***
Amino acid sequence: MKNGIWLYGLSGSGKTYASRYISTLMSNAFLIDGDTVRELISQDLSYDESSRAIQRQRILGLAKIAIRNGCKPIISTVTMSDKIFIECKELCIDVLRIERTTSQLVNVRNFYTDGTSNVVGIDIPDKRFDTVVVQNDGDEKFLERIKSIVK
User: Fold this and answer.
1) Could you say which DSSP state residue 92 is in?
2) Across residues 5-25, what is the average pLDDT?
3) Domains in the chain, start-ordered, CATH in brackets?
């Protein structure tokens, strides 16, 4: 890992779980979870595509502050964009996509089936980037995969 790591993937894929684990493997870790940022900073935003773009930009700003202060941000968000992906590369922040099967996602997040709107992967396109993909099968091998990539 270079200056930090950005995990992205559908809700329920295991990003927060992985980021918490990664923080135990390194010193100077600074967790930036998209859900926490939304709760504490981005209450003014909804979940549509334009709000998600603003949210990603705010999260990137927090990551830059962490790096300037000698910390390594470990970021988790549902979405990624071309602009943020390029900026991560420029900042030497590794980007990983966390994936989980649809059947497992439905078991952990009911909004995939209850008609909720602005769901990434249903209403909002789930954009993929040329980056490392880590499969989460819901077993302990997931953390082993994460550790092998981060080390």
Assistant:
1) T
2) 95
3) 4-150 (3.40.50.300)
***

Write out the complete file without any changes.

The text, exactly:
Amino acid sequence: MKNGIWLYGLSGSGKTYASRYISTLMSNAFLIDGDTVRELISQDLSYDESSRAIQRQRILGLAKIAIRNGCKPIISTVTMSDKIFIECKELCIDVLRIERTTSQLVNVRNFYTDGTSNVVGIDIPDKRFDTVVVQNDGDEKFLERIKSIVK
User: Fold this and answer.
1) Could you say which DSSP state residue 92 is in?
2) Across residues 5-25, what is the average pLDDT?
3) Domains in the chain, start-ordered, CATH in brackets?
């Protein structure tokens, strides 16, 4: 890992779980979870595509502050964009996509089936980037995969 790591993937894929684990493997870790940022900073935003773009930009700003202060941000968000992906590369922040099967996602997040709107992967396109993909099968091998990539 270079200056930090950005995990992205559908809700329920295991990003927060992985980021918490990664923080135990390194010193100077600074967790930036998209859900926490939304709760504490981005209450003014909804979940549509334009709000998600603003949210990603705010999260990137927090990551830059962490790096300037000698910390390594470990970021988790549902979405990624071309602009943020390029900026991560420029900042030497590794980007990983966390994936989980649809059947497992439905078991952990009911909004995939209850008609909720602005769901990434249903209403909002789930954009993929040329980056490392880590499969989460819901077993302990997931953390082993994460550790092998981060080390």
Assistant:
1) T
2) 95
3) 4-150 (3.40.50.300)